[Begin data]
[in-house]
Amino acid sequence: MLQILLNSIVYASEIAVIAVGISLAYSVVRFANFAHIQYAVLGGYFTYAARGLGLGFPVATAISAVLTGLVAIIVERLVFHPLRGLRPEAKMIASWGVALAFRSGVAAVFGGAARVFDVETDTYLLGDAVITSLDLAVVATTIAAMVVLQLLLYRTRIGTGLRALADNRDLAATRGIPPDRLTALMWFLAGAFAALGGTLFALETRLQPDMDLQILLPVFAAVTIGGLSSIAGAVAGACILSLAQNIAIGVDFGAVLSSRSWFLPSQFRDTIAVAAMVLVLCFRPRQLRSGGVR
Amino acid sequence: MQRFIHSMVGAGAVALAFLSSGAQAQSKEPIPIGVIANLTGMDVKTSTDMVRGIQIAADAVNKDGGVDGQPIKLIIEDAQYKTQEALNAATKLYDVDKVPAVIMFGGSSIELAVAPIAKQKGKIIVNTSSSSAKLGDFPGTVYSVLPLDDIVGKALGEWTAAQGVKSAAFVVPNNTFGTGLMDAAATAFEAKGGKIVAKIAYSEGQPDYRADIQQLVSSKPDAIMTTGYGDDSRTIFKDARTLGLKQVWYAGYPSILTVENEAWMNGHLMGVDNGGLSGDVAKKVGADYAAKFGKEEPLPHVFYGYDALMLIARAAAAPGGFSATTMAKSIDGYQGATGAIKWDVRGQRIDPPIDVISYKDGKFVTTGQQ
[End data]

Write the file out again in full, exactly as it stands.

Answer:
[in-house]
Amino acid sequence: MLQILLNSIVYASEIAVIAVGISLAYSVVRFANFAHIQYAVLGGYFTYAARGLGLGFPVATAISAVLTGLVAIIVERLVFHPLRGLRPEAKMIASWGVALAFRSGVAAVFGGAARVFDVETDTYLLGDAVITSLDLAVVATTIAAMVVLQLLLYRTRIGTGLRALADNRDLAATRGIPPDRLTALMWFLAGAFAALGGTLFALETRLQPDMDLQILLPVFAAVTIGGLSSIAGAVAGACILSLAQNIAIGVDFGAVLSSRSWFLPSQFRDTIAVAAMVLVLCFRPRQLRSGGVR
Amino acid sequence: MQRFIHSMVGAGAVALAFLSSGAQAQSKEPIPIGVIANLTGMDVKTSTDMVRGIQIAADAVNKDGGVDGQPIKLIIEDAQYKTQEALNAATKLYDVDKVPAVIMFGGSSIELAVAPIAKQKGKIIVNTSSSSAKLGDFPGTVYSVLPLDDIVGKALGEWTAAQGVKSAAFVVPNNTFGTGLMDAAATAFEAKGGKIVAKIAYSEGQPDYRADIQQLVSSKPDAIMTTGYGDDSRTIFKDARTLGLKQVWYAGYPSILTVENEAWMNGHLMGVDNGGLSGDVAKKVGADYAAKFGKEEPLPHVFYGYDALMLIARAAAAPGGFSATTMAKSIDGYQGATGAIKWDVRGQRIDPPIDVISYKDGKFVTTGQQ